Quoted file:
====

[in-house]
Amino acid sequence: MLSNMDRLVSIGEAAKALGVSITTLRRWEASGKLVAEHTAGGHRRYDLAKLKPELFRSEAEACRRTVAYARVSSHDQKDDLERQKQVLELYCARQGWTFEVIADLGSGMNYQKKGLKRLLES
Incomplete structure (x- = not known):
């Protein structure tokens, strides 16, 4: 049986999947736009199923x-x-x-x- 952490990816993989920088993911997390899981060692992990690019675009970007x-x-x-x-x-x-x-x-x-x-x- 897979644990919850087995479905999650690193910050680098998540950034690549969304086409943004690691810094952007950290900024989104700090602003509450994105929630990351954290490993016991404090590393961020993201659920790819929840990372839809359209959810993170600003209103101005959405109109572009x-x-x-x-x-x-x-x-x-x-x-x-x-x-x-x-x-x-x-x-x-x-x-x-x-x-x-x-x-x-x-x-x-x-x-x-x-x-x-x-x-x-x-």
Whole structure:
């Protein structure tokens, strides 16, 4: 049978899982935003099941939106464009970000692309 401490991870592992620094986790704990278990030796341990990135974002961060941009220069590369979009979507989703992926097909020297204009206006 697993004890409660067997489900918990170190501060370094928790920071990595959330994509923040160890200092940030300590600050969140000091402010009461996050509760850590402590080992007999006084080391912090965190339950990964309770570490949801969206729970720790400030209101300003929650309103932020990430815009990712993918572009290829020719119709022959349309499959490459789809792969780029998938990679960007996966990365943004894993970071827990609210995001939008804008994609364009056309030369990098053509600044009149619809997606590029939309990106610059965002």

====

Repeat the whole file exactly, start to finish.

[in-house]
Amino acid sequence: MLSNMDRLVSIGEAAKALGVSITTLRRWEASGKLVAEHTAGGHRRYDLAKLKPELFRSEAEACRRTVAYARVSSHDQKDDLERQKQVLELYCARQGWTFEVIADLGSGMNYQKKGLKRLLES
Incomplete structure (x- = not known):
């Protein structure tokens, strides 16, 4: 049986999947736009199923x-x-x-x- 952490990816993989920088993911997390899981060692992990690019675009970007x-x-x-x-x-x-x-x-x-x-x- 897979644990919850087995479905999650690193910050680098998540950034690549969304086409943004690691810094952007950290900024989104700090602003509450994105929630990351954290490993016991404090590393961020993201659920790819929840990372839809359209959810993170600003209103101005959405109109572009x-x-x-x-x-x-x-x-x-x-x-x-x-x-x-x-x-x-x-x-x-x-x-x-x-x-x-x-x-x-x-x-x-x-x-x-x-x-x-x-x-x-x-």
Whole structure:
């Protein structure tokens, strides 16, 4: 049978899982935003099941939106464009970000692309 401490991870592992620094986790704990278990030796341990990135974002961060941009220069590369979009979507989703992926097909020297204009206006 697993004890409660067997489900918990170190501060370094928790920071990595959330994509923040160890200092940030300590600050969140000091402010009461996050509760850590402590080992007999006084080391912090965190339950990964309770570490949801969206729970720790400030209101300003929650309103932020990430815009990712993918572009290829020719119709022959349309499959490459789809792969780029998938990679960007996966990365943004894993970071827990609210995001939008804008994609364009056309030369990098053509600044009149619809997606590029939309990106610059965002």